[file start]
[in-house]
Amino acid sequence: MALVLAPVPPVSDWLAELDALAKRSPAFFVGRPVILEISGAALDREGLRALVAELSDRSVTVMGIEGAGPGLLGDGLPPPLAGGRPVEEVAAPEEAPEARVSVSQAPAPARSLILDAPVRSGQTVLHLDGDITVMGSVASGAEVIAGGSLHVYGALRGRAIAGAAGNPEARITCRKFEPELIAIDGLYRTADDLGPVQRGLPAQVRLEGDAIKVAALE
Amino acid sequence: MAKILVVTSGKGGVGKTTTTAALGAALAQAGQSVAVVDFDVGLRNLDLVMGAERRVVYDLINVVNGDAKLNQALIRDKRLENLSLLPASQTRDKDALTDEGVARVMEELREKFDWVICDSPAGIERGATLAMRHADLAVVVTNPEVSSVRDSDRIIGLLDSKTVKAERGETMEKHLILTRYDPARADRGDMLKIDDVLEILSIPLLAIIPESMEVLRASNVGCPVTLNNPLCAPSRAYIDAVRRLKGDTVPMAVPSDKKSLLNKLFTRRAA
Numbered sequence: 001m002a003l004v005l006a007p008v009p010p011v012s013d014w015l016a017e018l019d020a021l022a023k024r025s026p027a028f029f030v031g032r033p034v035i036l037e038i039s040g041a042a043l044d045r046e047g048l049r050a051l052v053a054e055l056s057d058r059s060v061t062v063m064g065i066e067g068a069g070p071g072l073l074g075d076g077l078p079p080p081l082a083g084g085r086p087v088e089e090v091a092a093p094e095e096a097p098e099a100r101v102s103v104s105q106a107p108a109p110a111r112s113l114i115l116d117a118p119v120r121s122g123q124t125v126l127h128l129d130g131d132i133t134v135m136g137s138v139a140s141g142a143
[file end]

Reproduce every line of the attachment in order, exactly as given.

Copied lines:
[in-house]
Amino acid sequence: MALVLAPVPPVSDWLAELDALAKRSPAFFVGRPVILEISGAALDREGLRALVAELSDRSVTVMGIEGAGPGLLGDGLPPPLAGGRPVEEVAAPEEAPEARVSVSQAPAPARSLILDAPVRSGQTVLHLDGDITVMGSVASGAEVIAGGSLHVYGALRGRAIAGAAGNPEARITCRKFEPELIAIDGLYRTADDLGPVQRGLPAQVRLEGDAIKVAALE
Amino acid sequence: MAKILVVTSGKGGVGKTTTTAALGAALAQAGQSVAVVDFDVGLRNLDLVMGAERRVVYDLINVVNGDAKLNQALIRDKRLENLSLLPASQTRDKDALTDEGVARVMEELREKFDWVICDSPAGIERGATLAMRHADLAVVVTNPEVSSVRDSDRIIGLLDSKTVKAERGETMEKHLILTRYDPARADRGDMLKIDDVLEILSIPLLAIIPESMEVLRASNVGCPVTLNNPLCAPSRAYIDAVRRLKGDTVPMAVPSDKKSLLNKLFTRRAA
Numbered sequence: 001m002a003l004v005l006a007p008v009p010p011v012s013d014w015l016a017e018l019d020a021l022a023k024r025s026p027a028f029f030v031g032r033p034v035i036l037e038i039s040g041a042a043l044d045r046e047g048l049r050a051l052v053a054e055l056s057d058r059s060v061t062v063m064g065i066e067g068a069g070p071g072l073l074g075d076g077l078p079p080p081l082a083g084g085r086p087v088e089e090v091a092a093p094e095e096a097p098e099a100r101v102s103v104s105q106a107p108a109p110a111r112s113l114i115l116d117a118p119v120r121s122g123q124t125v126l127h128l129d130g131d132i133t134v135m136g137s138v139a140s141g142a143